Sacsayhuaman is today considered as “one of the finest monuments that mankind built on the earth's surface,” and was constructed by expert craftsmen, stonemasons, designers, and engineers. It is not something that just anyone could have accomplished, nor have we seen the like anywhere else in the world before or since until modern man with modern equipment and technology began to build. Nephi tells us “And I did teach my people to build buildings, and to work in all manner of wood, and of iron, and of copper, and of brass, and of steel, and of gold, and of silver, and of precious ores, which were in great abundance” (2 Nephi 5:15). One might ask, then, who taught Nephi? Obviously, it was the Lord who instructed him in tool making, smelting, ore identification, etc. (1 Nephi 18:2-4). And in addition to building a temple like unto Solomon’s, Nephi tells us And it came to pass that I, Nephi, did cause my people to be industrious, and to labor with their hands” (2 Nephi 5:17). No, not just anyone could have built Sacsayhuaman and numerous other similarly constructed sites in Andean Peru—it would have taken someone instructed by the Lord to have accomplished it.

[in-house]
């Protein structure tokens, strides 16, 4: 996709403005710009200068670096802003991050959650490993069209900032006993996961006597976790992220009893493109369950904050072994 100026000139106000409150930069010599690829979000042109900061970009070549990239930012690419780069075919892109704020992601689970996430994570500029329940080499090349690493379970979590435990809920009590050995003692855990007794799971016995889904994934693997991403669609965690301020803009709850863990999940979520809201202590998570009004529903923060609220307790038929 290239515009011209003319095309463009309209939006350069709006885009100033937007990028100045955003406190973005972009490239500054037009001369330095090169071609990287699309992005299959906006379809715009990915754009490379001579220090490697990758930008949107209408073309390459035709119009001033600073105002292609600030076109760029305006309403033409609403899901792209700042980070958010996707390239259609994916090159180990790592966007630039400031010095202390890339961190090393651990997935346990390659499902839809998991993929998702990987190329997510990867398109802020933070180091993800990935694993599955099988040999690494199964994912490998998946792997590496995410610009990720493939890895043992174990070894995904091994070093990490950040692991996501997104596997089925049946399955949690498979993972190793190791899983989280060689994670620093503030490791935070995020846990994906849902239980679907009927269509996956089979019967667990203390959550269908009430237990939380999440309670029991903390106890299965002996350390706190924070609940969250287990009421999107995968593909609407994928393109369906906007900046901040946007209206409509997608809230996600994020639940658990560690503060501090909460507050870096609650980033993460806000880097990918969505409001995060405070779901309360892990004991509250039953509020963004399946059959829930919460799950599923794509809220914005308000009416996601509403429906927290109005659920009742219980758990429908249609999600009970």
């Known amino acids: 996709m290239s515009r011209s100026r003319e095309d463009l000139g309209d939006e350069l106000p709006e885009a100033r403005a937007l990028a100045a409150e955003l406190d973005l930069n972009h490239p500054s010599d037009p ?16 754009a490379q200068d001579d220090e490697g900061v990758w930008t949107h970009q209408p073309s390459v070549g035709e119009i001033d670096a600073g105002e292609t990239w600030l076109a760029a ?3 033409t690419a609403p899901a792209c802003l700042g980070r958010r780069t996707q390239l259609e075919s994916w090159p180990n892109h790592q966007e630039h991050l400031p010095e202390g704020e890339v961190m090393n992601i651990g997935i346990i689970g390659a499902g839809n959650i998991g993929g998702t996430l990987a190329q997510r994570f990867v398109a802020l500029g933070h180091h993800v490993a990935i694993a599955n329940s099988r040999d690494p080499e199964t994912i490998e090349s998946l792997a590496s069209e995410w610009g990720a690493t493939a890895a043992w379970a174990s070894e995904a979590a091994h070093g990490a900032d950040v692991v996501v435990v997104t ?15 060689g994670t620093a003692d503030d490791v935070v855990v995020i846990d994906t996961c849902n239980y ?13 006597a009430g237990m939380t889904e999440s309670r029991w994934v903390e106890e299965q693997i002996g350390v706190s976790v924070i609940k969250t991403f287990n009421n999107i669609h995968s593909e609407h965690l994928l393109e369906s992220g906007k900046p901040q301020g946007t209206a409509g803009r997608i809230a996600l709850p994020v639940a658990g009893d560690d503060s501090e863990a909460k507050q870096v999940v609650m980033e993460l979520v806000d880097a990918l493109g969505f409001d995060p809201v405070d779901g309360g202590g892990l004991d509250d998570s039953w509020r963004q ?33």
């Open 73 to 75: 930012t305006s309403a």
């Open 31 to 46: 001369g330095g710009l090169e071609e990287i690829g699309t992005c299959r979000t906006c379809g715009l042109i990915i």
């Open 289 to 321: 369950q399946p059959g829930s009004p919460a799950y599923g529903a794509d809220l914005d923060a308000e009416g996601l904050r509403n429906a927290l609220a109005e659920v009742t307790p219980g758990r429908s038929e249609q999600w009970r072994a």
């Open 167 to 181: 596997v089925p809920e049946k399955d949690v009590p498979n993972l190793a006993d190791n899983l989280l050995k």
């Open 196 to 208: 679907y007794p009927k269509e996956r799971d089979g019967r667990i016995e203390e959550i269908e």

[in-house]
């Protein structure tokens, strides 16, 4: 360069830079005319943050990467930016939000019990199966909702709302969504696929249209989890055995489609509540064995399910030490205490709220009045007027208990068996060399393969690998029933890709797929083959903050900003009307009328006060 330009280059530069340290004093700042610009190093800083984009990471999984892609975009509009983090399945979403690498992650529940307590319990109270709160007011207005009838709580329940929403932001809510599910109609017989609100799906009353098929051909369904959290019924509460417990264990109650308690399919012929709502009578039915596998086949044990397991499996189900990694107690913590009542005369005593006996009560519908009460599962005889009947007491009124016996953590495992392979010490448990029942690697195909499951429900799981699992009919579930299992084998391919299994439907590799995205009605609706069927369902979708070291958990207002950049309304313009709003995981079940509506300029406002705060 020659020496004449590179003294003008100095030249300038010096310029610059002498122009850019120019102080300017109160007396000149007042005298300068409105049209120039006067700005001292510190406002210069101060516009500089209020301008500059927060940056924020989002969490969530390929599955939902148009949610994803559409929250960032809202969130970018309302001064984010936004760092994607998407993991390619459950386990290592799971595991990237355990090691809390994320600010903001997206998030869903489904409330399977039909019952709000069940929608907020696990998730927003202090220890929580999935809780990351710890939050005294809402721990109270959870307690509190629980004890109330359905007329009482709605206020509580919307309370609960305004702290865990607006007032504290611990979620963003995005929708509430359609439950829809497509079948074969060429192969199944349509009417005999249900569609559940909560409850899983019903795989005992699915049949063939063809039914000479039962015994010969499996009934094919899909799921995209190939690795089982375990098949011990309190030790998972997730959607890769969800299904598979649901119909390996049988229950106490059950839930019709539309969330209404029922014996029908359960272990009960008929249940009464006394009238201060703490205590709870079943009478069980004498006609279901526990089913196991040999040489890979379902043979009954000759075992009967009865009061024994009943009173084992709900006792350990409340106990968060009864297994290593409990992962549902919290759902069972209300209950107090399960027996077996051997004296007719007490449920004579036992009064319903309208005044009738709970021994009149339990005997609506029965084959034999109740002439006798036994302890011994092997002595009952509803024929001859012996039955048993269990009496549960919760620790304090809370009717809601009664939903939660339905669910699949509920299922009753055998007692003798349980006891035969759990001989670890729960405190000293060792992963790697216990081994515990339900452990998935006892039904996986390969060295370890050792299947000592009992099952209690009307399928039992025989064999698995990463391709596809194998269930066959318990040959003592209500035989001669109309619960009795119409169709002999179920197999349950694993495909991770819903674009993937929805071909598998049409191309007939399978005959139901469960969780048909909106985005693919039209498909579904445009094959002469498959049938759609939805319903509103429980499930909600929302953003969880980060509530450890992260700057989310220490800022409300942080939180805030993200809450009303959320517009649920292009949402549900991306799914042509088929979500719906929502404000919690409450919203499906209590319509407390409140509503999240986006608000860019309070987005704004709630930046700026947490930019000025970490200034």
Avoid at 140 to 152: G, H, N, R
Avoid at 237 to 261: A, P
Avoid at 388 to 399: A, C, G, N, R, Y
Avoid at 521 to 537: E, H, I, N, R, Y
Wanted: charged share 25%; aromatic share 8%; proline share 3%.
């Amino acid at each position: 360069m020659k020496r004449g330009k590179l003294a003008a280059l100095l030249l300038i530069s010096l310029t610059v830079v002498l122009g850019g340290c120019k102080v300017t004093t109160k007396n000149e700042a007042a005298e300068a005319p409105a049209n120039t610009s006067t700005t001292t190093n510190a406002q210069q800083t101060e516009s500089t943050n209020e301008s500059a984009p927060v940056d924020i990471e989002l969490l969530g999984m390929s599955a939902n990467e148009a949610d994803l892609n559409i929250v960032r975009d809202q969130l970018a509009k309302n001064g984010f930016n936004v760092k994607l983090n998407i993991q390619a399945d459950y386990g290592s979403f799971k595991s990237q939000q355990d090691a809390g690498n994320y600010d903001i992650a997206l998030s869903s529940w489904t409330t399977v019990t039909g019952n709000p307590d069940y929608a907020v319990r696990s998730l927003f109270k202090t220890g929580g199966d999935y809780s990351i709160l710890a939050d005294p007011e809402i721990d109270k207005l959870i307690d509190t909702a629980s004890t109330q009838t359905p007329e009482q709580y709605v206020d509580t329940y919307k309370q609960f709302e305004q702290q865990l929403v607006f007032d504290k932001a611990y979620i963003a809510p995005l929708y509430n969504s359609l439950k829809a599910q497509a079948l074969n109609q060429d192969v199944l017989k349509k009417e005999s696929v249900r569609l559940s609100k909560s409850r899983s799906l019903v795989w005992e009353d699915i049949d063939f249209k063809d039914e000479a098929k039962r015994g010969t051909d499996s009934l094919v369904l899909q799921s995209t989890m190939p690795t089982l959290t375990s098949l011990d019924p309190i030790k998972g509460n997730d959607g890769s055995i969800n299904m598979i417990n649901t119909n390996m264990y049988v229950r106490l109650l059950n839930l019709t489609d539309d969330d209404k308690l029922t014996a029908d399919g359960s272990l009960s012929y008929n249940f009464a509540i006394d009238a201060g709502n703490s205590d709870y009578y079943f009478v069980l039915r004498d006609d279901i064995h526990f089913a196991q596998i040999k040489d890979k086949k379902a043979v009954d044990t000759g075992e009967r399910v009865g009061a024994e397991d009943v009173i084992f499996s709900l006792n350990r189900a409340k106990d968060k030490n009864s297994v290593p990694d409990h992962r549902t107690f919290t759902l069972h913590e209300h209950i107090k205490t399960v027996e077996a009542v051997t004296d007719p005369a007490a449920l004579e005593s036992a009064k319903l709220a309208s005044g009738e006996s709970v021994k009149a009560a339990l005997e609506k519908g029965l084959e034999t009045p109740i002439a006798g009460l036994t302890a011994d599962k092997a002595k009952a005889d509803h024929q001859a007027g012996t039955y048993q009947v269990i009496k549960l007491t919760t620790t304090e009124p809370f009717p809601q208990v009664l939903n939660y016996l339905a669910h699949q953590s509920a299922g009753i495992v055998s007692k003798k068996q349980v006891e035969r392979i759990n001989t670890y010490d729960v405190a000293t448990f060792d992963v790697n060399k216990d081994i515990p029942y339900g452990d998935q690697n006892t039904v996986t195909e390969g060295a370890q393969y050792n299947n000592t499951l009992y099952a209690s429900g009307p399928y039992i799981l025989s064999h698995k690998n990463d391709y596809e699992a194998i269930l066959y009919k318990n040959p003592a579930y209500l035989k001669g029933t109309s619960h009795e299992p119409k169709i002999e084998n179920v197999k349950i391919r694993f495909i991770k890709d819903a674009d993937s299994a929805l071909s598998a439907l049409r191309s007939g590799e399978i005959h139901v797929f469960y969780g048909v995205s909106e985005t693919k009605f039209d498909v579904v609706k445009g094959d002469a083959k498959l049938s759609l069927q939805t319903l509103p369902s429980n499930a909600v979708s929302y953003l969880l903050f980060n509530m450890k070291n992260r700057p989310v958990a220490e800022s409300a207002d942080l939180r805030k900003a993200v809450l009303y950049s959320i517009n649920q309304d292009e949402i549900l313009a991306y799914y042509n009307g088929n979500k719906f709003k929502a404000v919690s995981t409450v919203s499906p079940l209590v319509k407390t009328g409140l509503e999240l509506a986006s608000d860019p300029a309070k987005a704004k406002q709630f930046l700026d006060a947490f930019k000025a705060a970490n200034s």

Nowhere else in the Western Hemisphere can be found this type of construction. Not to discredit the work in Mesoamerica, for it is truly outstanding, but it simply does not compare to the magnificence of 50 to 150 ton stones cut at precise angles, some of which have a dozen or more angles, and fit so perfectly with other cut stones. This is the type of work the Lord instructed Nephit in, first with the building of his ship, an endeavor that was far beyond anyone in the Lehi Colony to have accomplished without the Lord’s instructions, and "not after the manner of men." What else the Lord instructed and taught Nephi to accomplish is not recorded, but one might suspect that in the building of a temple “like unto Solomon’s,” the Lord’s hand was involved.

1 comment:

  1. Incredible! It brings tears into my eyes! Thank you for your amazing comments. You have answered a lot of questions about Nephi's temple. I can't wait to visit the place.